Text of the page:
Sequester Cuts May Delay Drug Approvals—And More

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Science Translational Medicine  04 Sep 2013:
Vol. 5, Issue 201, pp. 201ed14
DOI: 10.1126/scitranslmed.3007383

Clifford A. Hudis


The U.S. Congress’s current mandatory budget cuts—sequestration—threaten unprecedented opportunities in all biomedical research and development. As a medical oncologist, these severe cuts raise the particular concern that translation of intricate knowledge about the molecular biology of cancer to new, targeted treatments will be impeded in part by an underfunded U.S. Food and Drug Administration (FDA). As of 16 August 2013, 7 of the 16 new drugs approved by FDA this year are for treating cancers (1). According to Richard Pazdur, director of the FDA Office of Hematology and Oncology Drug Products, “[T]he drugs are better,” and it is now a question of “how fast we’re going to approve them” (2). Clinical translation depends on an optimally functioning FDA, and sequestration may slow the approval process.

The pace of recent and ongoing advances is impressive by any historical comparison (particularly given the uncertain economy of the past few years). In 2012, 16 of the 39 new drugs approved were given Priority Review designation because of their potential to “provide a significant advance in medical care” (3). The priority designation requires that FDA complete its review of an investigational new drug (IND) application in 6 months rather than 10. In addition, FDA has classified 25 drugs with the new Breakthrough Therapy designation (signed into law on 9 July 2012) (4), because the drugs treat serious or life-threatening illnesses and demonstrate substantial improvement over existing therapies (5). This designation demands more interaction between the inventing company and FDA with a goal of shortening the review process. Both of these designations—along with FDA’s Fast Track status and Accelerated Approval (6)—reflect the agency’s public-health mission to speed access to safe and effective treatments, especially for life-threatening illnesses. This efficiency of review is reflected in the fact that 30 of the 39 new drugs (77%) that came onto the market in 2013 were approved first in the United States. To continue this effort, FDA requires dedicated staff and sufficient resources.


Even in tough fiscal times, FDA has broad and important responsibilities beyond the review and approval of new drugs. The agency oversees ~25% of all consumer spending in the United States, including 100% of drugs, vaccines, medical supplies, and personal care products and 80% of our nation’s food supply (7). Yet, Congress continues to ask the agency to do more with less. Since 2009, Congress has assigned FDA with many additional responsibilities through the Family Smoking Prevention and Tobacco Control Act (2009), Biologics Price Competition and Innovation Act (2010), Secure and Responsible Drug Disposal Act (2010), Combat Methamphetamine Enhancement Act (2010), Food Safety Modernization Act (2011), and FDA Safety and Innovation Act (FDASIA; 2012).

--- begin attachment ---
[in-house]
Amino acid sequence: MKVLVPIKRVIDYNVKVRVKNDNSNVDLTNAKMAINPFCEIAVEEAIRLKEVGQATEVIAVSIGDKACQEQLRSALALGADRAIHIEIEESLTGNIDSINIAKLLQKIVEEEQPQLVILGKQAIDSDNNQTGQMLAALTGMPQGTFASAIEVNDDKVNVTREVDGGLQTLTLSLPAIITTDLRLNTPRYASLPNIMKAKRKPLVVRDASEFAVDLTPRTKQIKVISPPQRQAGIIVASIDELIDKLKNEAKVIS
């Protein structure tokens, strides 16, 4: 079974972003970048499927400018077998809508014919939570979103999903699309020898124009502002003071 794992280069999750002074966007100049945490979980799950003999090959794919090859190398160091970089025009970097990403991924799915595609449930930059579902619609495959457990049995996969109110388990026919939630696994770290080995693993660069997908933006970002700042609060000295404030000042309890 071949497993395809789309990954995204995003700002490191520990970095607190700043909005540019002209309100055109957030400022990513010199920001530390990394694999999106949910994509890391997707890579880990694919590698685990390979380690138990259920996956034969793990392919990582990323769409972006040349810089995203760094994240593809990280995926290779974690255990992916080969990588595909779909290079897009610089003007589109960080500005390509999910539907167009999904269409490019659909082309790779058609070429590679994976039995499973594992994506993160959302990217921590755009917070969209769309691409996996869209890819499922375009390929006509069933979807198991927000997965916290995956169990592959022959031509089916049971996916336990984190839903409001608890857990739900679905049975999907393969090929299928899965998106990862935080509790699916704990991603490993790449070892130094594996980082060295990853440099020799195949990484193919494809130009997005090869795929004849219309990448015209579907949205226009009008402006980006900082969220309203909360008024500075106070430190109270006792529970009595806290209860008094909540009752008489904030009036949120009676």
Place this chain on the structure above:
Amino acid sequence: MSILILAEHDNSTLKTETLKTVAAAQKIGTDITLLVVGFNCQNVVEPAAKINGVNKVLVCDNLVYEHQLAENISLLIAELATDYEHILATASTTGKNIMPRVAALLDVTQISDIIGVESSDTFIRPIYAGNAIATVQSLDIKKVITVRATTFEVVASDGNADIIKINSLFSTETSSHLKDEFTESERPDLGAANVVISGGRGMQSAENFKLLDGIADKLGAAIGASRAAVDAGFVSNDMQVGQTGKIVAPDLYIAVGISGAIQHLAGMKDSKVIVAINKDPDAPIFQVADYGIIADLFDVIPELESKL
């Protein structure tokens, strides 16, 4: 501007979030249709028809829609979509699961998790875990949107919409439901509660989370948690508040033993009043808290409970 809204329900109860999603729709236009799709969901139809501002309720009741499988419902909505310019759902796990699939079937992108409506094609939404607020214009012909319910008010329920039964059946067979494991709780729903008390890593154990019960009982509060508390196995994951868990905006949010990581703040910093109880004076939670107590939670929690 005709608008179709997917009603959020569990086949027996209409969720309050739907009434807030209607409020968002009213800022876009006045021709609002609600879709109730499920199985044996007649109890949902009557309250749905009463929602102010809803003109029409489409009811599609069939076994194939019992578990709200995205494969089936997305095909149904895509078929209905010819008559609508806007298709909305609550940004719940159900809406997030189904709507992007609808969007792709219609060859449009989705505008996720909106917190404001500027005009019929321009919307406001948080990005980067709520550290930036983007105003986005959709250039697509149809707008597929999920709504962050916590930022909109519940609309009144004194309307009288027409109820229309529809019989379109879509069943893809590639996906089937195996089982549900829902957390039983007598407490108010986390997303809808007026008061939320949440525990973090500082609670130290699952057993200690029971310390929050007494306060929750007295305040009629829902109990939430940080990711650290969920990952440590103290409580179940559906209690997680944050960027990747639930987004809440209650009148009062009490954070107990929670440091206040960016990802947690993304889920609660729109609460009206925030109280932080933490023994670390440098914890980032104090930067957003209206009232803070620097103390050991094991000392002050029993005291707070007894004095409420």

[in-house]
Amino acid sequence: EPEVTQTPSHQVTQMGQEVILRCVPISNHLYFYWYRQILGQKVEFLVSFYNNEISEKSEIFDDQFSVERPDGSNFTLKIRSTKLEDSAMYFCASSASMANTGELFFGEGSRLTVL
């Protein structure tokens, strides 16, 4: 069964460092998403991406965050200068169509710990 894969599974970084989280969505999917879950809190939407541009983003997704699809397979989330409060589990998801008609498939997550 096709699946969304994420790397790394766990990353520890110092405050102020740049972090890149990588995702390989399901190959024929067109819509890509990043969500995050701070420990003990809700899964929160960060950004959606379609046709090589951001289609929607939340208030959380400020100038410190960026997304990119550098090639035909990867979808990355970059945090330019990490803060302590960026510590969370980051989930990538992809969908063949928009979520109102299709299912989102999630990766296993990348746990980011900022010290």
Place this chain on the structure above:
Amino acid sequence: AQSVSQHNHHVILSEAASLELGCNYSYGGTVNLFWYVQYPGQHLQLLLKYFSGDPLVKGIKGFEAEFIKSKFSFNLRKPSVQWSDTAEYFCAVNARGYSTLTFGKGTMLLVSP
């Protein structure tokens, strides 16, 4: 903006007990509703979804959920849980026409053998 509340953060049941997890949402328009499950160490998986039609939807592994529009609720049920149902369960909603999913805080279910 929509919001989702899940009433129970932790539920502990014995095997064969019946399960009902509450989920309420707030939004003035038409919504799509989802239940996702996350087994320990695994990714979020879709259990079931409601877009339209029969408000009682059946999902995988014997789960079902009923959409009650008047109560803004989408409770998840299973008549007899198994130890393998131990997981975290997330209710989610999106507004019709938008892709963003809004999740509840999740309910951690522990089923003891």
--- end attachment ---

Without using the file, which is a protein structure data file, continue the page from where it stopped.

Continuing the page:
FDA’s role in maintaining the safety and availability of health-related and food products could not be more important to the American people. Just to name a few, FDA’s responsibilities include identifying problems in a production facility or compounding pharmacy across state lines when a cluster of infections is noted, linking a nationwide food-borne illness with a specific contamination within the entire country’s food supply, and managing the crisis of shortages of life-saving and palliative cancer therapeutics that has arisen in recent years. In part because of the determined efforts of the FDA Drug Shortages Program, we have seen a reduction in new drug shortages from the highs reached in 2011. But despite the improvement, existing shortages remain unresolved. All of these disparate functions require a robust infrastructure and a diversely experienced staff.

Despite FDA’s central importance to so many aspects of American life, sequestration acutely threatens the agency’s ability to fulfill its current mission, let alone expand it. Under sequestration, the agency is losing 5.1% of its current-year budget. Worse still, the Office of Management and Budget has testified that the actual impact is closer to 9%. This is a cut of ~$209 million, which will have an impact on all of the agency’s critical functions. Policy-makers and the public should be concerned and outraged that sequestration may cause slower approval of new and potentially life-saving drugs, less rigorous monitoring of food and drug safety, and an inability to keep up with advancing science and technology. This last aspect is especially in jeopardy because of limits these cuts place on the FDA staff’s participation in scientific meetings and training.

The biomedical community has played an important role in voicing concerns about the impact that sequestration cuts are having on federally funded research at the U.S. National Institutes of Health. We should also be involved in advocating for sufficient resources for FDA. Ultimately, biomedical research offers no value to the public if our work does not result in the availability of safe and effective interventions to cure, treat, palliate, diagnose, and prevent disease. Adequate resources for FDA are a vital link in the translational chain, and sequestration is a threat to the health and welfare of everyone.


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